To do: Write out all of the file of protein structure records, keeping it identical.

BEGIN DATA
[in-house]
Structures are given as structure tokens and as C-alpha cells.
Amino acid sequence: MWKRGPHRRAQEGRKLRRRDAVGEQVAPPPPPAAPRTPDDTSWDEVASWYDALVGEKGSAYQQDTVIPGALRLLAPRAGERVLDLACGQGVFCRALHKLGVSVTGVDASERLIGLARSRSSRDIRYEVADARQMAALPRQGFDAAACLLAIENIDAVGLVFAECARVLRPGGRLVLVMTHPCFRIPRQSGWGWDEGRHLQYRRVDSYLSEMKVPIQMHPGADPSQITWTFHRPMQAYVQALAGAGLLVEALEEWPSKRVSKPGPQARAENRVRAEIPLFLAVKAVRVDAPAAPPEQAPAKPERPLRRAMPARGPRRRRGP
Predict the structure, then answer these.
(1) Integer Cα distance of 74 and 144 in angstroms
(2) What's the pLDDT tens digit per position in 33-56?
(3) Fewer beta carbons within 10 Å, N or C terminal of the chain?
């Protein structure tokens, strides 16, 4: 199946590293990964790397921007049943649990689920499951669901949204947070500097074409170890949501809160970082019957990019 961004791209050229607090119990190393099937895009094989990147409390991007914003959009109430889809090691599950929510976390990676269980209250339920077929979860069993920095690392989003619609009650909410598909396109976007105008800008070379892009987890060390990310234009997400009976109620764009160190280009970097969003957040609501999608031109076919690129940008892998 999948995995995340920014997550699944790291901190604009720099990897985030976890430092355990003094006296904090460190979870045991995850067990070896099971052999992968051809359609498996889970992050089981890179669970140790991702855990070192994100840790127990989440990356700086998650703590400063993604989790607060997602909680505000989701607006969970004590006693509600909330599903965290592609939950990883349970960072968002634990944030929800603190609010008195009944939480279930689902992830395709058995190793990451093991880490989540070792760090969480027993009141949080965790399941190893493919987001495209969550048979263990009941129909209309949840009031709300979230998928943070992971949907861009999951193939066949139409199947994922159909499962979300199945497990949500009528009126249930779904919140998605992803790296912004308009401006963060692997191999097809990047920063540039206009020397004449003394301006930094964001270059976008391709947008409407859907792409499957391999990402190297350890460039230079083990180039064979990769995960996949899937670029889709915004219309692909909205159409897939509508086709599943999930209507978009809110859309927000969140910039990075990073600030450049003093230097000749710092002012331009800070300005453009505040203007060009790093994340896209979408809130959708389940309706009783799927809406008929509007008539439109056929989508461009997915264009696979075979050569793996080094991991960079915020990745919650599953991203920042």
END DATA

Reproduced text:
[in-house]
Structures are given as structure tokens and as C-alpha cells.
Amino acid sequence: MWKRGPHRRAQEGRKLRRRDAVGEQVAPPPPPAAPRTPDDTSWDEVASWYDALVGEKGSAYQQDTVIPGALRLLAPRAGERVLDLACGQGVFCRALHKLGVSVTGVDASERLIGLARSRSSRDIRYEVADARQMAALPRQGFDAAACLLAIENIDAVGLVFAECARVLRPGGRLVLVMTHPCFRIPRQSGWGWDEGRHLQYRRVDSYLSEMKVPIQMHPGADPSQITWTFHRPMQAYVQALAGAGLLVEALEEWPSKRVSKPGPQARAENRVRAEIPLFLAVKAVRVDAPAAPPEQAPAKPERPLRRAMPARGPRRRRGP
Predict the structure, then answer these.
(1) Integer Cα distance of 74 and 144 in angstroms
(2) What's the pLDDT tens digit per position in 33-56?
(3) Fewer beta carbons within 10 Å, N or C terminal of the chain?
């Protein structure tokens, strides 16, 4: 199946590293990964790397921007049943649990689920499951669901949204947070500097074409170890949501809160970082019957990019 961004791209050229607090119990190393099937895009094989990147409390991007914003959009109430889809090691599950929510976390990676269980209250339920077929979860069993920095690392989003619609009650909410598909396109976007105008800008070379892009987890060390990310234009997400009976109620764009160190280009970097969003957040609501999608031109076919690129940008892998 999948995995995340920014997550699944790291901190604009720099990897985030976890430092355990003094006296904090460190979870045991995850067990070896099971052999992968051809359609498996889970992050089981890179669970140790991702855990070192994100840790127990989440990356700086998650703590400063993604989790607060997602909680505000989701607006969970004590006693509600909330599903965290592609939950990883349970960072968002634990944030929800603190609010008195009944939480279930689902992830395709058995190793990451093991880490989540070792760090969480027993009141949080965790399941190893493919987001495209969550048979263990009941129909209309949840009031709300979230998928943070992971949907861009999951193939066949139409199947994922159909499962979300199945497990949500009528009126249930779904919140998605992803790296912004308009401006963060692997191999097809990047920063540039206009020397004449003394301006930094964001270059976008391709947008409407859907792409499957391999990402190297350890460039230079083990180039064979990769995960996949899937670029889709915004219309692909909205159409897939509508086709599943999930209507978009809110859309927000969140910039990075990073600030450049003093230097000749710092002012331009800070300005453009505040203007060009790093994340896209979408809130959708389940309706009783799927809406008929509007008539439109056929989508461009997915264009696979075979050569793996080094991991960079915020990745919650599953991203920042």